Summer has ended; it’s hard not to notice the cold breeze in the morning and late afternoon.
With less than four months before the year conclude, I thought it is a perfect moment to assess how far I’ve gone as a minimalist (not that it is a race).
Things that I Don’t Buy Anymore
It’s time to think of the things that I stopped buying while giving away stuff that I don’t or rarely use. In the word of Marie Kondo, these things didn’t “spark joy.”
1. Scarf, Mittens, and Beanie
I had three scarves that is either gifted to me or I bought using a gift card (which I should have sold instead).
Although scarf isn’t necessary because I have a reliable fall/spring/winter coat, I keep one scarf for a “just in case I need it” situation.
Even the light pretty scarf that is meant to adorn my neck had a new home.
Tip: You don’t need a scarf if you have a high-quality coat which doesn’t have to be expensive. Buy it on sale or in a thrift store. Staying warm is a priority.
As for mittens, I have a pair I use for a trip in winter. For commuting in the city, I conveniently put my hands inside my coat’s pocket.
My hands stay warm. I rarely have winter cuts (common for newcomers) which is painful and bloody. And don’t forget to use hand creams like O’Keeffe’s Working Hands.
I rarely use my beanie (or toque) to keep my head warm.
As long as I am wearing my winter coat or hoodie, I can use its hood to cover my head. A hood can also protect ears so an earmuff isn’t necessary yet I still have keep one and give the other. Why did I have two earmuffs anyway?
2. Salad Dressing
Who doesn’t love salad. I eat it at home and at work or in a fast food with no vegan options.
My fondness prompted me to start making my home-made salad dressing. My favourite salad dressing is simple.
- Olive oil/sesame oil
- Apple cider vinegar
- Brown sugar
Mix everything. Add mixed nuts or raisins and croutons. There you have it, a quick way to prepare salad dressing.
I’m trying other dressings thought by Erwan Heussaff which was recommended on my YouTube feed. My favourite is yoghurt with tahini and olive oil.
3. Body Wash
I used to pack body wash on balikbayan boxes and thought of trying it myself like many others such as sardines with olive oil can be on my meal plan (do I have one?) once a month.
Yes. Body wash smells great. After a shower, I smell good in a few minutes. That was it. Nowadays, I stick to unscented Dove as my face and body soap. Nothing complicated.
4. Shaving Cream
The EOS shaving cream is amazing in practice and not only because I found it on the reduced-price-item shelf.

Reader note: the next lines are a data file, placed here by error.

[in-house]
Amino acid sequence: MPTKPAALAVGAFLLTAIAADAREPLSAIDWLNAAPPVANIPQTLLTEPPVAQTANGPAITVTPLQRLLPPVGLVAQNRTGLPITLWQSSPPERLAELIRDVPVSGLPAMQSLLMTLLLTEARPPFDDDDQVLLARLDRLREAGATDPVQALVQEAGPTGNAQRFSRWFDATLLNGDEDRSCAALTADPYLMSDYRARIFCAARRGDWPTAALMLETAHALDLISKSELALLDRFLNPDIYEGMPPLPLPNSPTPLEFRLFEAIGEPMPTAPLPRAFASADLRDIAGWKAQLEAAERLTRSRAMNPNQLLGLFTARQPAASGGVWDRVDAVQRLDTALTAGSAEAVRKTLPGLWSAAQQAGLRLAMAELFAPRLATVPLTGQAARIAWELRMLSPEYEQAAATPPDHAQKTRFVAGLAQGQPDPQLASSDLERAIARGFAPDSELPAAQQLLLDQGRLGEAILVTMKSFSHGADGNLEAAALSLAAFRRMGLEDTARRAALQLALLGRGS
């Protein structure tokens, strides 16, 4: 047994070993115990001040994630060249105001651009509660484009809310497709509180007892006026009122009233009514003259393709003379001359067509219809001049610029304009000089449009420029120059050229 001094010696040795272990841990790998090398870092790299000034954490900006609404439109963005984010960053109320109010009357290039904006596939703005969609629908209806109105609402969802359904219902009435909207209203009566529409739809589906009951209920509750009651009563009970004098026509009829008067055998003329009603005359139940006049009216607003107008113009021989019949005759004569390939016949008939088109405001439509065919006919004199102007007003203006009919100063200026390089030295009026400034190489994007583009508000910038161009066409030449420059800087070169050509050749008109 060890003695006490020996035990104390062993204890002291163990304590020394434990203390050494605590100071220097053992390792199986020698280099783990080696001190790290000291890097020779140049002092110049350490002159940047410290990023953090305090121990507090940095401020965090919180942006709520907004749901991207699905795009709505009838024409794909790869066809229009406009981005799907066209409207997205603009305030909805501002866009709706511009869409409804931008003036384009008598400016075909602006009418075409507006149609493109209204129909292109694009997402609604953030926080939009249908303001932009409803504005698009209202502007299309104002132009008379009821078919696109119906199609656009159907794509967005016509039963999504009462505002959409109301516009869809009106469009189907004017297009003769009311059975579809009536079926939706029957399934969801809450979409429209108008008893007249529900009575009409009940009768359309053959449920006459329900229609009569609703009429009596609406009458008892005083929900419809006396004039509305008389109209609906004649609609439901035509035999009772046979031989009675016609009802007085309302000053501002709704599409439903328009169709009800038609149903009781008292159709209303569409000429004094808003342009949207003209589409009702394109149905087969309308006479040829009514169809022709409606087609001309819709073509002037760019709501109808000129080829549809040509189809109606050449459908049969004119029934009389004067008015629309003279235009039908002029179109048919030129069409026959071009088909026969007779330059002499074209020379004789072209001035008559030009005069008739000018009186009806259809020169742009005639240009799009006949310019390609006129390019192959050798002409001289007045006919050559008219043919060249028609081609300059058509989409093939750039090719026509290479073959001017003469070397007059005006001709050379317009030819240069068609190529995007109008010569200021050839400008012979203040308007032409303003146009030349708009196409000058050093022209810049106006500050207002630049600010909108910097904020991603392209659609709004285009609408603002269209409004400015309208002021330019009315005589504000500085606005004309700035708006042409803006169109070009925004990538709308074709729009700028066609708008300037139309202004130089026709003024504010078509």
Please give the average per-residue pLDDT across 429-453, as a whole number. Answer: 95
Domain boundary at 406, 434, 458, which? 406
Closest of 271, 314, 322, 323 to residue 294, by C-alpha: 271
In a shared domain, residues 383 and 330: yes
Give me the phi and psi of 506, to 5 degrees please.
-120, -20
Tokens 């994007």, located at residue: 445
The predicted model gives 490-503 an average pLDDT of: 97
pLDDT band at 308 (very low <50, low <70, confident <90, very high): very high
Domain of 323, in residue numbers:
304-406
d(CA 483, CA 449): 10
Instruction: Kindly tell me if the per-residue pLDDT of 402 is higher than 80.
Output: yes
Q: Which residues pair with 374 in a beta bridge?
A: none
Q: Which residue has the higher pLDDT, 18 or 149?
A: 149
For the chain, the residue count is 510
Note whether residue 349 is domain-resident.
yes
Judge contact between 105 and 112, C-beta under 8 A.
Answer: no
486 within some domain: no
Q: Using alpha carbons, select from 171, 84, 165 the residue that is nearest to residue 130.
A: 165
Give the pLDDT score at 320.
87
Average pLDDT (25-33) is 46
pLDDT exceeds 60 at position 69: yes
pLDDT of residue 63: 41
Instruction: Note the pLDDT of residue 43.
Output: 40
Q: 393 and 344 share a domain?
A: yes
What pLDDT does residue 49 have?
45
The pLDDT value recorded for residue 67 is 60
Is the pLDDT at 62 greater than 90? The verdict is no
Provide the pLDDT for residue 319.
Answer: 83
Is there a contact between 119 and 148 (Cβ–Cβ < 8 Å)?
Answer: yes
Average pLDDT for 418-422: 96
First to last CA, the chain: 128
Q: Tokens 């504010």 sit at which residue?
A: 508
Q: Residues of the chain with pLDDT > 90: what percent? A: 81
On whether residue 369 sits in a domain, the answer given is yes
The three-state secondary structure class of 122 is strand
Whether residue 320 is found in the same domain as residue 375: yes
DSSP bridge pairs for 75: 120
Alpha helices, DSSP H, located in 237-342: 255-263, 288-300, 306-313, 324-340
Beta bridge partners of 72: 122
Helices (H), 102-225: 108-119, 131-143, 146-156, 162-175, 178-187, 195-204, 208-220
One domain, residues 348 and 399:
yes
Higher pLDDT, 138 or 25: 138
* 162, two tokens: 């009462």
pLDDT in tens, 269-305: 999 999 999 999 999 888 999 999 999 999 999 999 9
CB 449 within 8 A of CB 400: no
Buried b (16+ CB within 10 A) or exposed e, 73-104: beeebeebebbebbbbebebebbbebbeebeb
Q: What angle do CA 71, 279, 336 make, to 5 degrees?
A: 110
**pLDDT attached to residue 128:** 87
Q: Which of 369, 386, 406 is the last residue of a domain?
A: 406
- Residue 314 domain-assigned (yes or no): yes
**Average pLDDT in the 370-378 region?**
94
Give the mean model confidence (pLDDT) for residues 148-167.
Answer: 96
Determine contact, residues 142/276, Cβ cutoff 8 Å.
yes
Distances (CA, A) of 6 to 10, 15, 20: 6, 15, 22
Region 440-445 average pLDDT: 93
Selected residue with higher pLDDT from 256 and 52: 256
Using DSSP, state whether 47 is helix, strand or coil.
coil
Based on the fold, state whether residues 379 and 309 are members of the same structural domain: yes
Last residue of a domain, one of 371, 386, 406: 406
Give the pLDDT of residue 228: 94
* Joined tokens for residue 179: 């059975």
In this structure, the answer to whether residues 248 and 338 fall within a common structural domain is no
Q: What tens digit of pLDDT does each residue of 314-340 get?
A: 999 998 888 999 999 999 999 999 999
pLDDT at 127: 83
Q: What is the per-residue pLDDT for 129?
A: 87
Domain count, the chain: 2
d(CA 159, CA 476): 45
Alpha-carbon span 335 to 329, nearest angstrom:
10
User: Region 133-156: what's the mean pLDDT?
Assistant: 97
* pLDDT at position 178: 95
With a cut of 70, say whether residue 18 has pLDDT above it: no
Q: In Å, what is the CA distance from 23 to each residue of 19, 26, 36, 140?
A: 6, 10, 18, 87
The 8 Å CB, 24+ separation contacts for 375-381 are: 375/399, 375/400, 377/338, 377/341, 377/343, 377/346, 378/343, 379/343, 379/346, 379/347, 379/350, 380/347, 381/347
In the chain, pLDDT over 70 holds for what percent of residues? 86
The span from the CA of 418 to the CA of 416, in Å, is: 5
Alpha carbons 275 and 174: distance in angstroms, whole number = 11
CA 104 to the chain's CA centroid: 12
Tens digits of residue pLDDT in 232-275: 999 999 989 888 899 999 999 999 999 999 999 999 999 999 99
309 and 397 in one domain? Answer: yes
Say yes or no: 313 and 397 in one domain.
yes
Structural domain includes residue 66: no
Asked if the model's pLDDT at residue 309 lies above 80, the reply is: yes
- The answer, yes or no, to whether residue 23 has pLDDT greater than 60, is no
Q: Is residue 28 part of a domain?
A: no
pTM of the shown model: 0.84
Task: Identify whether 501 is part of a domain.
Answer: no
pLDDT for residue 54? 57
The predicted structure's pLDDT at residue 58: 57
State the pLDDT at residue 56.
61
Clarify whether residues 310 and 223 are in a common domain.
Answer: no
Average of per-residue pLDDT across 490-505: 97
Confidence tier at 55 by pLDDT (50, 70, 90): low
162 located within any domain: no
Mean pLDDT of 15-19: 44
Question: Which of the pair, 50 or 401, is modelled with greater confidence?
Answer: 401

But after one bottle, I don’t see why I should keep on spending with shaving cream. Soap will do just fine.
Having a sensitive skin has an upside. I have simple facial routine and tend to use natural product.
At night I use rosehip oil on my cleaned face. In the morning, I put sunscreen if I’m going out. Once a week I put clay mask with charcoal on face.
That’s it. I think it is best to spend more time choosing and eating healthy food than putting a lot of unnatural facial products. Our skin will be thankful for kind treatment.
I’m still on the process of giving my books away which includes my dear personal finance book. It’s a tall order but I’ll keep The Walden by Henry David Thoreau, the pioneer of minimalism for me.
If I have to spend on a book again, it’s either as a gift for others or myself (why not).
Ironically the more I gave away my clothes, the less I need to buy new clothes.
When I had a vacation in the Philippines, I gave away my jeans, fitness, and black pants.
This is the first time that I am “jeans less” in my whole life. I’ll need a corduroy pants for winter; for other seasons my old khaki pants will do.
My sibling lent me her shorts which I used in our 5-day trip in Cambodia.
As a minimalist, I’ll buy clothes whenever necessary, that is, as a replacement or a requirement.
In fact, I’m saving up for Everlane black T-shirt which is recommended by Jenny of The Simplicity Diaries. She is my fav minimalist blogger from Germany.
It will become my uniform which reminds me of Matt D’Avella video The Benefits of a Simple Wardrobe. It suits his lifestyle as a content creator who wants to focus and use energy on creative projects.
Lessons I Learned in Using What I Have
My journey as a minimalist has only begun. It’s a continuous process.
I’ll still buy things but I am more intentional of what I bring into my life and that includes people as well.
The process of not buying new things has thought me many lessons:
1. Getting rid of things has an impact to others and the environment.
2. Spending can become investing and vice versa. I should prioritize one or the other based on the situation. Right now my goal is to increase my emergency fund and pay house debt.
3. Focusing on what needs to be deal with has kept me from unnecessary spending as a way of distraction. I have to face the music. Or listen to uplifting podcast to calm my emotions and clear my thoughts.
4. Appreciating what I have is the biggest advantage of intentional spending.
I am more grateful than ever before. My old iPhone (here’s how you can send it to the Philippines) still works and so is my almost a decade old laptop. Thank you for my hearty oatmeal with fruits for breakfast or whenever I feel like having one.
I didn’t plan to stop buying things; such habit has become a by product of living a simple life.
Later, I’ll probably stop buying more things, but I’ll buy more sustainable items that is useful and not harmful for the environment.
As a consumer, what are the things that you don’t consider necessary?